Arms shipment to Tehran could enhance next Iranian offensive. Military experts say Iran has doubled its air sorties recently

By , Staff writer of The Christian Science Monitor

American arms shipments will greatly enhance Iran's ability to launch a threatened final offensive against Iraq, according to military experts. New United States antitank weapons and antiaircraft missiles will by themselves provide much added punch. Perhaps more important, US allies may now decide it's all right for them to broker arms with Iran, too.

``The revelations of the last couple of weeks will open the floodgates,'' predicts a former high Reagan administration official.

Recent increased activity by the Iranian Air Force shows how new supplies of spare parts are affecting the Persian Gulf war, according to this source. Sorties by Iran's F-14 fighters, one of the most advanced and complex warplanes in the world, have doubled in recent months.

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Now more than six years old, the Iran-Iraq war has become the most brutal conflict since World War II, with more than a million casualties. US military officers estimate the war has killed or wounded 3 percent of the Iraqi population and 1 percent of the Iranian population.

The last major move of the war was in February, when a well-executed amphibious attack by the Iranians captured Iraq's vulnerable Faw Peninsula. Since then Tehran has built up its forces and talked constantly of another big attack, a final offensive deeper into Iraqi territory. Iraq, in retaliation, has escalated its air war against such targets as Iranian oil terminals.

Against this background, the weapons secretly shipped by the Reagan administration could provide much needed aid to Iran, experts say. The type of weapons provided addresses Iran's two major military problems:

Air defense. Iran has been badly battered by Iraq's superior Air Force. According to the International Institute for Strategic Studies, Iran has but 68 combat-ready aircraft, while Iraq has 500.

Iran's air defense, which until now has been dependent on Soviet-made SA-7 missiles, has obviously had problems, says a private analyst of the Mideast arms balance. Throughout the summer Iraqi planes flew over such vital Iranian installations as the Kharg Island oil terminal with impunity.

But the 235 Hawk antiair missiles that the US has provided Iran have a range of 25 miles. They can reach the high altitudes Iraqi pilots favor. Indeed, analysts note that Iraqi air attacks tapered off in September and October. The air war resumed in November, however: On Tuesday Iraqi jets struck Iran's Larak Island oil terminal at the mouth of the Persian Gulf.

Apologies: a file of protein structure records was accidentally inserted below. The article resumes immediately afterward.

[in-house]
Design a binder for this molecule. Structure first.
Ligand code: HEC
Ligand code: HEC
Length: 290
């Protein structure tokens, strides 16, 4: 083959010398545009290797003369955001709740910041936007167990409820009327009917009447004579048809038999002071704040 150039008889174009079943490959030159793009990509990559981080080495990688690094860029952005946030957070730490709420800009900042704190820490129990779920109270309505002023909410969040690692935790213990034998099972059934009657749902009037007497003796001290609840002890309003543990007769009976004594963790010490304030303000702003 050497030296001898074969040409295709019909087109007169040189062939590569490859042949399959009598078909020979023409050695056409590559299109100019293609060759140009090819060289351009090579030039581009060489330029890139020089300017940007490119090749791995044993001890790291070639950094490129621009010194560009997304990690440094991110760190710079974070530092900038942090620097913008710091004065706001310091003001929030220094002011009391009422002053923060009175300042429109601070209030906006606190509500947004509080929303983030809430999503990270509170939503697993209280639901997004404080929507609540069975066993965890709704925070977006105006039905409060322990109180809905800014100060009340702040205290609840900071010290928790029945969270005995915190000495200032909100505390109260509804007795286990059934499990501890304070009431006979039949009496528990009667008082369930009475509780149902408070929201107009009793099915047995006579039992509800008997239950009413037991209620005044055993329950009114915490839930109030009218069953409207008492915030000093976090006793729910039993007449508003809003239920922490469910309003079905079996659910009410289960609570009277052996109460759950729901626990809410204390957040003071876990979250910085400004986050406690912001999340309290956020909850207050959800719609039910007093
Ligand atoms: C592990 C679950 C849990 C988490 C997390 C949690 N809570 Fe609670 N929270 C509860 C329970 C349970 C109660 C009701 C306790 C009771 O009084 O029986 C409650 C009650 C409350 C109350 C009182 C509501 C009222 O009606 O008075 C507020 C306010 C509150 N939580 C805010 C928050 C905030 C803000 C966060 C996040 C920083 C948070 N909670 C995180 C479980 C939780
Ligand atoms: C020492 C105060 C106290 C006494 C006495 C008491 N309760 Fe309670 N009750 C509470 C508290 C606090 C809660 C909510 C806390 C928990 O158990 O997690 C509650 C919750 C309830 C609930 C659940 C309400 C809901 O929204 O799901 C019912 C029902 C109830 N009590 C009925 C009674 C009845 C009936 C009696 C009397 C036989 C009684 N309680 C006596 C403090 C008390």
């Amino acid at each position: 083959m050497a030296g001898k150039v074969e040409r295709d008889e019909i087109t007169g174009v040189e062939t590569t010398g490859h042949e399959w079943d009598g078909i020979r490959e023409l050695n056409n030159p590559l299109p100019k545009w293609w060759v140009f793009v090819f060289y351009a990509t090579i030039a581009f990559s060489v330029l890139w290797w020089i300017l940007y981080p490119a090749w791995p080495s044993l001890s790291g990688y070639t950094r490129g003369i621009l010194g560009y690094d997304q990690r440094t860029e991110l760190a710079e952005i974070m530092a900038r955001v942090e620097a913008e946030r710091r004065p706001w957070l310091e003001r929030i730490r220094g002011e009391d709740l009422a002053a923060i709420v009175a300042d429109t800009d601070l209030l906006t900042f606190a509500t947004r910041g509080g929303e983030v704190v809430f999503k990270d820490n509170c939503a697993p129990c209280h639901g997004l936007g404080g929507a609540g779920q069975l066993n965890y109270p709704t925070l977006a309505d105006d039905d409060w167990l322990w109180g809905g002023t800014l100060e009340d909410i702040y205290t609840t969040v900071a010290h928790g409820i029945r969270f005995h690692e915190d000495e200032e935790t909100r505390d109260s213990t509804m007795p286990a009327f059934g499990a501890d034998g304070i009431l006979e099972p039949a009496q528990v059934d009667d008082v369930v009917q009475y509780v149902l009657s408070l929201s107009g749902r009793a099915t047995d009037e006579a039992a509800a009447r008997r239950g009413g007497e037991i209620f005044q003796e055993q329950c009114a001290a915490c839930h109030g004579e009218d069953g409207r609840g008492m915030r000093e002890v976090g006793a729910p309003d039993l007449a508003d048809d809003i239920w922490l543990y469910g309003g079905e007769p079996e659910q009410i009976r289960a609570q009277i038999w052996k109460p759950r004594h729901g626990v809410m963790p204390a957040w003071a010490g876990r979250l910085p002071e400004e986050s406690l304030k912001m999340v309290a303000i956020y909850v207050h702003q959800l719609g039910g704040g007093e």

Anti-armor weapons. On the ground, the biggest problem of Iranian commanders is the need to counter Iraq's vast superiority in armored weapons. Iran does have some 1,000 main battle tanks, mostly various Soviet models, but Iraq has 4,500, and they are settled along the front in well-protected defensive positions.

The 2,000 TOW (Tube-launched, Optically tracked, Wire-guided) anti-armor missiles sent to Iran by the US are ideal for attacking dug-in tanks. ``They are a very lethal weapon,'' notes Anthony Cordesman, a Mideast arms expert with the Eaton Corporation.

TOWs could help Iran successfully to roll back Iraqi defenses around the threatened town of Basra. But 2,000 is only enough missiles for one or two large battles, experts note, not a whole war.

Some Western analysts had expected Iran to launch a major attack in September or October. Half a million Iranian troops had been mobilized and were poised at the front. But this much-discussed ``final offensive'' has yet to occur. One reason may be that the Iranian Army just is not ready. ``It takes Iran a long time to mass enough arms for an attack,'' says Shaul Bakhash, a history professor at George Mason University.

Iran may simply be rattling its sword to keep Iraq nervous and stretched thin along the whole central front.

But there is also apparently a power struggle in Tehran over broad questions of military strategy. The Revolutionary Guards, fervent believers in Ayatollah Khomeini, are bickering with the professional army over what sort of attack to launch. The guards favor human-wave tactics; professional officers prefer more traditional military planning.

``There is a real debate going on over the prosecution of the war,'' says Gary Sick, a National Security Council staff member under President Carter.

An early spring attack, when the ground along the front is swampy, might favor Iran's more lightly armed divisions. By then Iran would have stored up more arms - such as the jet fighters it has reportedly purchased from China. US allies, seeing the debacle of US arms sales to Iran, might well have decided to ship Khomeini weapons by spring. ``It was difficult enough to keep our allies from shipping Iran arms before this,'' says the former high Reagan official. ``They were continually threatening to fall off the wagon.''

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